When Dick Jensen, director of Murdock Escorted Tours ask me to go to China for a month to be the escort of three groups coming from the United States, I had no idea I would be traveling with a group of young kids performing for the Chinese people.
When I watched them win the hearts of the Chinese people on the Great Wall, I knew I was in for a treat.
Talent Team is a group of youth from Arizona and Nevada who go abroad every other year, sharing the talents they have developed during the past year. The group was created by Nancy Genys, a Latter-day Saint, in 1992, to help youth learn appreciation for musical arts and to gain confidence though performing. The performers are between the ages of 3 and 18. They meet weekly to learn and prepare for future shows.
Eliza Hutchinson is one of the instructors that accompanied the group. She is now 20, but started in the program when she turned 3. In her short life she has traveled and preformed in Japan, Korea, Hawaii, Great Britain, France, Australia, and New Zealand.
“Performing has opened many doors to me and has allowed me to discover my greatest passion which is traveling. My parents always felt it was important to spend our money on memories instead of material things.” Hutchinson is now a student at BYU-Idaho where she is studying to become a foreign ambassador. It was on these travels she discovered her passion and desire to continue to travel the world.
Children with Talent Team raise their own money to pay for their trips. They do fundraisers like selling fireworks, babysitting and selling candy. Through this experience, children learn to work and save their money for their future tours.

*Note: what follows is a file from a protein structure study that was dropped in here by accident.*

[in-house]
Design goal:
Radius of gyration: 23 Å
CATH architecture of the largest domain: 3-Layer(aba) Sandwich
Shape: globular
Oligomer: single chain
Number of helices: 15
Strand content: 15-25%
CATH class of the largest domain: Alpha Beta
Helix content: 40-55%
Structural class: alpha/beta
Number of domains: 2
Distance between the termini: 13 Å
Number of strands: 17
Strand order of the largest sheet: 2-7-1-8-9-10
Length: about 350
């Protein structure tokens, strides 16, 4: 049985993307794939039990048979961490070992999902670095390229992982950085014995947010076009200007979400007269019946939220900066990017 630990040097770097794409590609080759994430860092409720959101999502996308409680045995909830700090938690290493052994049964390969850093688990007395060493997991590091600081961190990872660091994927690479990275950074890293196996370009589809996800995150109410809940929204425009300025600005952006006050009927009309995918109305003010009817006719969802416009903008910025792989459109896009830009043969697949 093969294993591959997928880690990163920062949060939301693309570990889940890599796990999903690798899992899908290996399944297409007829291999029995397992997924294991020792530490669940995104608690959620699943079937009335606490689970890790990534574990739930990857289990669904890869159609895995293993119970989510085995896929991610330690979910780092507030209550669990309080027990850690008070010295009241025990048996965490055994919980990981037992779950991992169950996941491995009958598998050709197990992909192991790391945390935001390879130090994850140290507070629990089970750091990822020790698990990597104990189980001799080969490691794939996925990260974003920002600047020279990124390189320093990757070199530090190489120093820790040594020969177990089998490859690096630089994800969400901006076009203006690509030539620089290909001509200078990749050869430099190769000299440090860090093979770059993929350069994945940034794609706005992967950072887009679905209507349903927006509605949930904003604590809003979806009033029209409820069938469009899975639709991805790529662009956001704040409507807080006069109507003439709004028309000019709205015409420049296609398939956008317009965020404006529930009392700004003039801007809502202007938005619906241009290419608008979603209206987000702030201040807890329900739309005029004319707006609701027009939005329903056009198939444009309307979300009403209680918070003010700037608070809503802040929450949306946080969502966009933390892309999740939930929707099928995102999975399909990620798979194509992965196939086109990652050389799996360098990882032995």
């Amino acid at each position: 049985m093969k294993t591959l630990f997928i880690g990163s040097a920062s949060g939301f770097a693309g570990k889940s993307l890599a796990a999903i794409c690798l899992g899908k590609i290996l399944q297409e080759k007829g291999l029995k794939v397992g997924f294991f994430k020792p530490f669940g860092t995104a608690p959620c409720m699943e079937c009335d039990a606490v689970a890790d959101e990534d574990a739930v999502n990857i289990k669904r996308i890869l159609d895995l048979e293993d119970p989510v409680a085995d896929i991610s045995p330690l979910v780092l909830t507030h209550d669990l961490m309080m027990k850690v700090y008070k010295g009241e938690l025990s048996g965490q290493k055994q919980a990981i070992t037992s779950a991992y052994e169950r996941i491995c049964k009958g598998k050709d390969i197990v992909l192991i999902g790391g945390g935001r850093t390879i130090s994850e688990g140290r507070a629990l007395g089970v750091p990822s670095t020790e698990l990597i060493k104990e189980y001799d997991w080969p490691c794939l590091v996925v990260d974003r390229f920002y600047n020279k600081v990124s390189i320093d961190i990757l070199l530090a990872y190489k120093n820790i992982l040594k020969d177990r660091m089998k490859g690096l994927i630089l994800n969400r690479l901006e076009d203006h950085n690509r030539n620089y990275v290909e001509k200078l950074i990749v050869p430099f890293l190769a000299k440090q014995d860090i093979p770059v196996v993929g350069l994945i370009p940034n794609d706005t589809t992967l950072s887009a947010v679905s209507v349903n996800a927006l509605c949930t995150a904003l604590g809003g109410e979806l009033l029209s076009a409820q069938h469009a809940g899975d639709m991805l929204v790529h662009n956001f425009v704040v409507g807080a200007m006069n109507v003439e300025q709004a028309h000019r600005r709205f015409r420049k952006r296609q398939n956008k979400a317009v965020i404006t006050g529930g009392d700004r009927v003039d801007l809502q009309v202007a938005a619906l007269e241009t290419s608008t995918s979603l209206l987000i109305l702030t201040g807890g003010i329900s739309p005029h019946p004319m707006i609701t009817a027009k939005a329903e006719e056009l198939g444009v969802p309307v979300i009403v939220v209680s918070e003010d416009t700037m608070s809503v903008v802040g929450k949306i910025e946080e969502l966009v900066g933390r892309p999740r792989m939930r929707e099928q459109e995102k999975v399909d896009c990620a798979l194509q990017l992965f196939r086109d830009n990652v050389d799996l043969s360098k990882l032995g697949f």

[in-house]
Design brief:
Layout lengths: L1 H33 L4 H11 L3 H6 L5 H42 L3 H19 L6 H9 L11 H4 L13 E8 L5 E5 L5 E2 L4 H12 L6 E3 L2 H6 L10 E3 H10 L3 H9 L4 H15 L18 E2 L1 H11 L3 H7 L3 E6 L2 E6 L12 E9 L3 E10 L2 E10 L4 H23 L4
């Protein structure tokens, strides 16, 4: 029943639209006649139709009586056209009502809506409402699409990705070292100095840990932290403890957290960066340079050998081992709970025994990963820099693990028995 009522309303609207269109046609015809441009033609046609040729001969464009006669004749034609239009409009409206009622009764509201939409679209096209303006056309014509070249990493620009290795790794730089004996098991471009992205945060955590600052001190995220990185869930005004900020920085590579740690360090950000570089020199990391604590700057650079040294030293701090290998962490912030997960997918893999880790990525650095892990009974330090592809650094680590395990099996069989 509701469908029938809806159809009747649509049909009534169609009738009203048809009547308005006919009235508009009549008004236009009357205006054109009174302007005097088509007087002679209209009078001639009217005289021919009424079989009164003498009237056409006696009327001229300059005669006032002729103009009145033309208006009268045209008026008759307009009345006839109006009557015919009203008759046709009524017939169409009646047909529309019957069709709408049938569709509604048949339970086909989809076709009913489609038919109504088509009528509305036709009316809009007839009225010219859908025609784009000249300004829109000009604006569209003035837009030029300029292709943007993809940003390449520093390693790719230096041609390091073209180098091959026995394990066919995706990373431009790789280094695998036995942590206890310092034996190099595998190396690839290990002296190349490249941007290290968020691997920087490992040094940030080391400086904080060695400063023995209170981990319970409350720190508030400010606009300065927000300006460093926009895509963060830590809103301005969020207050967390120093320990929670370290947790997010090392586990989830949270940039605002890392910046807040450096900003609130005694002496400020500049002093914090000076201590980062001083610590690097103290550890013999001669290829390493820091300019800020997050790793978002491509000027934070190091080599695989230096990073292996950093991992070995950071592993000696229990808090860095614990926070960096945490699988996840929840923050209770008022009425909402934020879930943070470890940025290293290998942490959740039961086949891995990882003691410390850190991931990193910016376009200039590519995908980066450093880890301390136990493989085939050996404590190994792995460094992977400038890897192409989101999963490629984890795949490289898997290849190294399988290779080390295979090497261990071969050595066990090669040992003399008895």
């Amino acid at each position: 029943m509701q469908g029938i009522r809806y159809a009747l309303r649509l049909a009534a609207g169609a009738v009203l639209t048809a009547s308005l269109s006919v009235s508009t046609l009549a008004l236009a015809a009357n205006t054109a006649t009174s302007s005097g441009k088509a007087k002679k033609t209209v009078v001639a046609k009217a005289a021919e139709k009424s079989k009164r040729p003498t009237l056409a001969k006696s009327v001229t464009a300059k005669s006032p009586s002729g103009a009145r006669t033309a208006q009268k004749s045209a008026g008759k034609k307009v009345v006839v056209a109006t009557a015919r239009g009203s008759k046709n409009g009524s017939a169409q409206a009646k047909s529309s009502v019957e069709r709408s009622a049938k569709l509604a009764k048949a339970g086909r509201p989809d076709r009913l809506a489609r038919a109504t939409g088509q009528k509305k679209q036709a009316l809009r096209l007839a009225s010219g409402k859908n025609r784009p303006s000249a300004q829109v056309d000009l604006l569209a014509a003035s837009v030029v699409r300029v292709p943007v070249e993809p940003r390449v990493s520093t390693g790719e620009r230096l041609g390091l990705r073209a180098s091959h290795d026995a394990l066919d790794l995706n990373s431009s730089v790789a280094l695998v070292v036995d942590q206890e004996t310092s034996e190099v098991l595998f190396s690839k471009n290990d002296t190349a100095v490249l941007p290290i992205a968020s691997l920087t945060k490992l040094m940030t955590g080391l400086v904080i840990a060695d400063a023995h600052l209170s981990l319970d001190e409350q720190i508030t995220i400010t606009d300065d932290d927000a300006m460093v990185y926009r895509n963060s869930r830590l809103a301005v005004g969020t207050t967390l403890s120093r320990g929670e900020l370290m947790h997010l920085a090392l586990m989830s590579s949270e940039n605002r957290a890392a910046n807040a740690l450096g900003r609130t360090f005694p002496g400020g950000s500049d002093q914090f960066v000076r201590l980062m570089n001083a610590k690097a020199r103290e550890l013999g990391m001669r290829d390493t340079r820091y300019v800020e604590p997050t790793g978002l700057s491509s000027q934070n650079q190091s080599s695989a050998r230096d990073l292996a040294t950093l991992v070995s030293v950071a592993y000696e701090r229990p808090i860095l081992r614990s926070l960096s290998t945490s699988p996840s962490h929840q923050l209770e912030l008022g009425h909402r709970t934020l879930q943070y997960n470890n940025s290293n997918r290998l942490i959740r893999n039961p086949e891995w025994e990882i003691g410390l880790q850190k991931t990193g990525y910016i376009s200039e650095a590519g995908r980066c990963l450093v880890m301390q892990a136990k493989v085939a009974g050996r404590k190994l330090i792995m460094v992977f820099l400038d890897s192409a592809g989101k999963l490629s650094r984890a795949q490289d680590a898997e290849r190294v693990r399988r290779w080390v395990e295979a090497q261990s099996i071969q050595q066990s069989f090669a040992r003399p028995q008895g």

The China trip has been four years in the planning stage. This allows children to learn about the culture they will be visiting, save their money, and meet weekly to learn the program they will be performing abroad. Colleen Hutchinson, a national board member, says, “Children gain self-esteem when they have an experience they succeed at.” This program has daily opportunities for children to experience success.
Not only do children benefit, but also the families traveling abroad with the performer learn and experience new and different cultures. If children are under 13, an adult must accompany them. Kurt Moskowitz is a father living in New Hampshire while his daughter lives in Arizona. He saw this experience as an opportunity to have quality time with his daughter, whose time together is limited. “The time I spent with Taylor is priceless. Meeting the other children and getting to know them is a memory that will stay with me for the rest of my life.”
James, a father of three young children, brought his two oldest, Caitlyn — one of the performers — and Tyler, 7, who is along for the ride. James said, “It has been great to spend quality time with my children. Sometime they drive me crazy, but what a great experience we have all had creating memories that will last forever.
The tour left the US on June 9 and flew to Hong Kong. This was their first introduction to Chinese people and Chinese food. At lunch they were greeted by duck heads hanging from the window of the restaurant. For many, chopsticks were a new concept. A big bowl of noodles became a challenge for Tyler, just 7, who decided that best was to just get the noodle to his mouth and go from there.
Their performance in Hong Kong was rained, out so the performing troupe went to Disneyland to see how the Asian enjoy a wonderful piece of America. Here they felt right at home and knew that Disney got it right after all.